WHAT IS SEA ICE STORIES?
Sea Ice Stories is a project by photographer Acacia Johnson. Through large-format photographs and written stories, the project will explore the role of sea ice in the daily lives, identities, and worldviews of young people in the remote Canadian Arctic settlement of Ikpiarjuk (Arctic Bay). How does sea ice function as a platform for community and transfer of indigenous knowledge?
The results of Sea Ice Stories - through online publishing, an exhibition, or a book - will help weave these stories and indigenous perspectives into international dialogues about the North. The goal is to make a beautiful, positive and meaningful contribution to global awareness of Arctic issues - highlighting the importance of sea ice not only to the earth's changing climate, but to people, cultural identity, and community.
SPECIFICSFrom late April through June 2018, I will live in Ikpiarjuk (Arctic Bay), Nunavut, on the north of Baffin Island, an Inuit community with which I am already well acquainted. More than any other time of year, this is an active season for the community, when many people travel and camp extensively on the sea ice, hunting, fishing, and passing on traditional skills to youth. It is also the season of 24-hour daylight, the end of the school year, and community events such as the annual Fishing Derby.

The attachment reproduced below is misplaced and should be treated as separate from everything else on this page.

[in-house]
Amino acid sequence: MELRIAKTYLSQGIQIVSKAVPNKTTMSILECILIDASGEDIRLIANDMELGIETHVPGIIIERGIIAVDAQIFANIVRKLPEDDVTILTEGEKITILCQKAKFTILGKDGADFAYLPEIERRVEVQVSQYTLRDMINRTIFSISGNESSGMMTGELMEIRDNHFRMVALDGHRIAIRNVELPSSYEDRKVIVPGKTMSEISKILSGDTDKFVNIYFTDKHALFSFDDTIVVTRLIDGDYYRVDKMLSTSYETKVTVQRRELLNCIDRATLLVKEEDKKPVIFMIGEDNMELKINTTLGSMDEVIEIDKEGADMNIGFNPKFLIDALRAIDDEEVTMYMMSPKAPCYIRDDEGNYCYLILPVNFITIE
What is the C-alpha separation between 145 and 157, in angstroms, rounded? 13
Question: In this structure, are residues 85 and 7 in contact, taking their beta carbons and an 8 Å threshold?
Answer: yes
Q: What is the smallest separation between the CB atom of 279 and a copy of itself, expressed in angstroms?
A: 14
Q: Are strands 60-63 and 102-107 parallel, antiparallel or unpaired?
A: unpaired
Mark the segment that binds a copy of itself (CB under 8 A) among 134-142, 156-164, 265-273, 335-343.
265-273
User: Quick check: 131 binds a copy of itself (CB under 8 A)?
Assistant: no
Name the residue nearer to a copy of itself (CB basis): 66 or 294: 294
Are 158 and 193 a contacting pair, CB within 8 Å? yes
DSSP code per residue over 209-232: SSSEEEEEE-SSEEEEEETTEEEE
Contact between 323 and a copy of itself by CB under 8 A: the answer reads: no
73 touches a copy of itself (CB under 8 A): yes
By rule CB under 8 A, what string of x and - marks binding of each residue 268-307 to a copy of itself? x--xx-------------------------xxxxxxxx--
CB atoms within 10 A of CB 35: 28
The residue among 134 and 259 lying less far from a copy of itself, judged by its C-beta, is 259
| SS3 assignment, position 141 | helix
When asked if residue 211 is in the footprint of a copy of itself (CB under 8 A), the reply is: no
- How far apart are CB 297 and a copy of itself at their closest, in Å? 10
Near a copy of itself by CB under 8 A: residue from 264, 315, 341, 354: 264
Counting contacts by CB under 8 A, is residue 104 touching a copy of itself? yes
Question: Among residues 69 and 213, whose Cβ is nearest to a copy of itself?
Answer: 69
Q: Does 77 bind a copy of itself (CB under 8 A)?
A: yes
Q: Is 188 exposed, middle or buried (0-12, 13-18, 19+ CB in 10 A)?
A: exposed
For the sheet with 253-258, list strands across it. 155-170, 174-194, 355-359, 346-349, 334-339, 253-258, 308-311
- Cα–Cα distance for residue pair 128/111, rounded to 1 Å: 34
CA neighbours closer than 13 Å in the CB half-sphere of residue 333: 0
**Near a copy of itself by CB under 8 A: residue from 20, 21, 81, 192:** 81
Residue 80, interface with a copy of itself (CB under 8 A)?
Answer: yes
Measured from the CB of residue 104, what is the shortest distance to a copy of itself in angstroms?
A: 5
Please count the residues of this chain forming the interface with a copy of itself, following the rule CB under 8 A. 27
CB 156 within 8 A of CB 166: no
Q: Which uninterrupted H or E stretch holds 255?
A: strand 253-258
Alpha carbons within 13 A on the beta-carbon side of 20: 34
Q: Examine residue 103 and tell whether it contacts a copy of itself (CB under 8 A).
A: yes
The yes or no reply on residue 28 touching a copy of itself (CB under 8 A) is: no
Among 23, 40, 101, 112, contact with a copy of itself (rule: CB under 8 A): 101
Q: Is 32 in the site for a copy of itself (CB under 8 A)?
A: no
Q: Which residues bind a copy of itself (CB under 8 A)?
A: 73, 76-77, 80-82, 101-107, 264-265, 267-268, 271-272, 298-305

From a base in Ikpiarjuk, I will join families as they travel and camp on the sea ice, photographing with a large-format view camera and learning as much as possible about life on the ice, collecting stories along the way. When Internet is available, updates, photographs and stories will be posted on on the project's blog.
I will also lead a photography workshop for high school students during my stay, focusing on photography as a tool for storytelling - but also as a way to engage with the Arctic environment, providing a basic framework of marketable skills within photography and Arctic tourism. The goal will be to expand awareness for what photography can be used for, both within and beyond the limits of the local horizon.
At the end of June, I will return home and begin the long process of film developing, editing, writing, and reflection necessary to produce a polished, finished product. A first final version of the series is estimated to be completed by the end of 2019.